Los Angeles County may back out of prison deal with Taft Correctional Facility

The deal between LA County and the Taft Community Corrections Facility may come to an end after a recent discussion between the two counties.

Taft mayor Paul Linder confirmed with 23ABC News that LA County supervisors are thinking about backing out of an agreement with the city of Taft for them to house 500 low-level inmates from the out of county jail system. The agreement was designed to keep overcrowding in the LA County jails and have been agreed to verbally.

Mayor Linder said LA County has decided it may want to back out of the agreement because of the city of Taft lawsuit against the state for them backing out on there its contract to house state inmates.

Linder denies the claim and says they had always let LA County know about their lawsuit against the state and promised that LA County would not become entangled in the suit.

Linder says LA County is now asking to be indemnified against any lawsuit but he says Taft is too small and cannot afford to do that.

Linder says Taft has given verbal assurances to LA County that they would not involve them in the lawsuit against the state and has even offered to refund money to LA county if the lawsuit somehow prevents Taft from taking LA county inmates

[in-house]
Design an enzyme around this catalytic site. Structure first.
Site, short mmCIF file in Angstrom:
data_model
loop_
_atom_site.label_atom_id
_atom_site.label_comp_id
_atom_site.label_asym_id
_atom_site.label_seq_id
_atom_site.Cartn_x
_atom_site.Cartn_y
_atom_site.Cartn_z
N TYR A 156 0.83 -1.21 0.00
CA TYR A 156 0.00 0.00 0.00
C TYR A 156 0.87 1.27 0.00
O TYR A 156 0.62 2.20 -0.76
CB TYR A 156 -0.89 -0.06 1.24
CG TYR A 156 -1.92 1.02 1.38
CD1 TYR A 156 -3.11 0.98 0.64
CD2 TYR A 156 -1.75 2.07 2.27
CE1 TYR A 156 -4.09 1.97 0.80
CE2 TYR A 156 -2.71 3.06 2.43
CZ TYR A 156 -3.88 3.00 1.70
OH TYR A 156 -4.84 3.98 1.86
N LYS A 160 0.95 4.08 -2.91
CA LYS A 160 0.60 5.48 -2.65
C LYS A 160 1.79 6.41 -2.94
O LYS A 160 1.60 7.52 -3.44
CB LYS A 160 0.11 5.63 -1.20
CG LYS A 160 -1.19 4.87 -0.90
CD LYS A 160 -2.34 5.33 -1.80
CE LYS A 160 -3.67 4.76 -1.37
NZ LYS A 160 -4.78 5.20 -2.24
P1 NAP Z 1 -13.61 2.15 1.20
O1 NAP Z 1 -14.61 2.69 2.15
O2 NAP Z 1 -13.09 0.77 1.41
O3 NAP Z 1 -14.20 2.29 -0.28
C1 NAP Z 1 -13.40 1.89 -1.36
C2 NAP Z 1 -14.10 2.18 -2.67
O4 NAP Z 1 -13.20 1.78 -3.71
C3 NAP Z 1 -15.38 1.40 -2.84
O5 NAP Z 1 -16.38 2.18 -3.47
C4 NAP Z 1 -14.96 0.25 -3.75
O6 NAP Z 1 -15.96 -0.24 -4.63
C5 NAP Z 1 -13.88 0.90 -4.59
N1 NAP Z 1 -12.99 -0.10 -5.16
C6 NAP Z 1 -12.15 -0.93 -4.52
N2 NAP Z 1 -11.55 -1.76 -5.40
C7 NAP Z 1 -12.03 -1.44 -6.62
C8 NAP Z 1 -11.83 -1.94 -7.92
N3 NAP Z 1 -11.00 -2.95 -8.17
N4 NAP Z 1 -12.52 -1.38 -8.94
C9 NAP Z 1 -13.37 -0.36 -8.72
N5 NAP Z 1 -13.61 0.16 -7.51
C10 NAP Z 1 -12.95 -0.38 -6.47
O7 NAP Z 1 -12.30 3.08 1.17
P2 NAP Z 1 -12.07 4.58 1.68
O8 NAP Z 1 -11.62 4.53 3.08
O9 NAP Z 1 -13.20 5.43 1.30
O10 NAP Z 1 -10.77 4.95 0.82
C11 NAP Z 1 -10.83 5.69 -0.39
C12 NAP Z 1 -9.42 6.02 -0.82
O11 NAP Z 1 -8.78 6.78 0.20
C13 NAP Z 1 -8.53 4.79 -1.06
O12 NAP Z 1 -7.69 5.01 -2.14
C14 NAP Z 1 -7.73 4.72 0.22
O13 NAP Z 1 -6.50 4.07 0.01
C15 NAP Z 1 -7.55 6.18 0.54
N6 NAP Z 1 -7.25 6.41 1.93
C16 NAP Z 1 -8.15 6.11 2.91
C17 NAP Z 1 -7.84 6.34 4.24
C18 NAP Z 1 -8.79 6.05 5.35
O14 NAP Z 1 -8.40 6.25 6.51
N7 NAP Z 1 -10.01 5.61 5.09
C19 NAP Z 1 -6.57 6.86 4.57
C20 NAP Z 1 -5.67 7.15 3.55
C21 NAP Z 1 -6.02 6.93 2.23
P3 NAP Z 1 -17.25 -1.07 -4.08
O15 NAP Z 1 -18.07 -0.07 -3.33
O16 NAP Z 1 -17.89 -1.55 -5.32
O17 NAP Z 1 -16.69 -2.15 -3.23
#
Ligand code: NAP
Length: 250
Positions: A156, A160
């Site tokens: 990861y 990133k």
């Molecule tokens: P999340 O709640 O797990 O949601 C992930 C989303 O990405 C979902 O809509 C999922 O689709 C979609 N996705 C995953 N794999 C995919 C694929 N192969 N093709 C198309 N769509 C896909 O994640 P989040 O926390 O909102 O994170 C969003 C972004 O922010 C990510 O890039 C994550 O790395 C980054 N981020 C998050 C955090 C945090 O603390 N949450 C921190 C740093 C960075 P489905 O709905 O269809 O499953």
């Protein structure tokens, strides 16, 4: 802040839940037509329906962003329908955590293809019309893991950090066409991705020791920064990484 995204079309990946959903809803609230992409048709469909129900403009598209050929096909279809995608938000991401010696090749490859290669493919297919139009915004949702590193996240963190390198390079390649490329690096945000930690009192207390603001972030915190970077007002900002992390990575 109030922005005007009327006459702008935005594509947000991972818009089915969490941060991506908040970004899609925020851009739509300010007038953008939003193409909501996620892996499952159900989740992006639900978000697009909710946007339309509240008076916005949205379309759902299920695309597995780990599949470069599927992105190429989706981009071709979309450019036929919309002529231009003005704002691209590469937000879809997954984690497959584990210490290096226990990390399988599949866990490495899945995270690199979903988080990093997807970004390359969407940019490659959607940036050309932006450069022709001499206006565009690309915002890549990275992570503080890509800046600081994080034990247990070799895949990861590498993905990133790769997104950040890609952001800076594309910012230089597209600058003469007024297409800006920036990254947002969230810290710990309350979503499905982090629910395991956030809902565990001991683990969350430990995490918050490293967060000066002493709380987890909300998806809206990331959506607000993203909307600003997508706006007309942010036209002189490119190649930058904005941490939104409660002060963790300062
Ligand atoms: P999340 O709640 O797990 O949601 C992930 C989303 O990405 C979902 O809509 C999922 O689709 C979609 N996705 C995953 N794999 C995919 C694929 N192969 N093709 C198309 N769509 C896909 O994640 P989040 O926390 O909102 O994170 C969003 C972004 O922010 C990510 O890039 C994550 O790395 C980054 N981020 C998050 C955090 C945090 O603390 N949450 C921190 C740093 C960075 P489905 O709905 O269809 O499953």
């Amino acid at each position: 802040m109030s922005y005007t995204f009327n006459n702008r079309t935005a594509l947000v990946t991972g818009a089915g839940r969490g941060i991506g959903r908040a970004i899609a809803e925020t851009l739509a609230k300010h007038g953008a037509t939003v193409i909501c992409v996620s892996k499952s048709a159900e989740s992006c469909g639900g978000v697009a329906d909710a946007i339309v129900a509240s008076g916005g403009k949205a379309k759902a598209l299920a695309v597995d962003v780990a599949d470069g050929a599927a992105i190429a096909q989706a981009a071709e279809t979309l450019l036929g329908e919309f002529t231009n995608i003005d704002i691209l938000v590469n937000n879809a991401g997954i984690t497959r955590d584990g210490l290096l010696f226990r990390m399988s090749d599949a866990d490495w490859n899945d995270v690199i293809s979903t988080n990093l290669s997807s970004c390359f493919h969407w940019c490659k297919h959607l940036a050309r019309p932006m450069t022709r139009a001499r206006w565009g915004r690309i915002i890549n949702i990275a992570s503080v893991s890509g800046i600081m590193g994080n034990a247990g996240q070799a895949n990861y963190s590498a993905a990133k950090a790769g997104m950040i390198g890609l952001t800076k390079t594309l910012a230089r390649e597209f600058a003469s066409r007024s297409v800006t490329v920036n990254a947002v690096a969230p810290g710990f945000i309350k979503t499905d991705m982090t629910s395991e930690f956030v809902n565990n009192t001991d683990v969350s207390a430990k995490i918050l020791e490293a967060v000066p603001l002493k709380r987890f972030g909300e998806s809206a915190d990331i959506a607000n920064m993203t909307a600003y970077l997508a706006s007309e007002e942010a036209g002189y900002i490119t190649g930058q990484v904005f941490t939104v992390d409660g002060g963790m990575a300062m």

Linder said the contract had been signed by both the city of Taft and LA County, but Taft has not started receiving inmates.

Linder says LA County Supervisors will vote on the contract next Tuesday.

State officials pulled all of their low-level inmates out of the top Community Correctional Facilities in October of 2011 as part of prison realignment.

The top CCFs have been empty for 2 years and when the verbal agreement with Los Angeles County came through, the City Council of Taft had approve the deal and work had already begun to reopen the facility.

Mayor Linder said that he has instructed the city to start looking into an agreement to rehouse the state inmates again.

The state is once again looking at using CCFs around the state to help house some of their low level inmates at the federal courts have ordered them to reduce prison overcrowding statewide.

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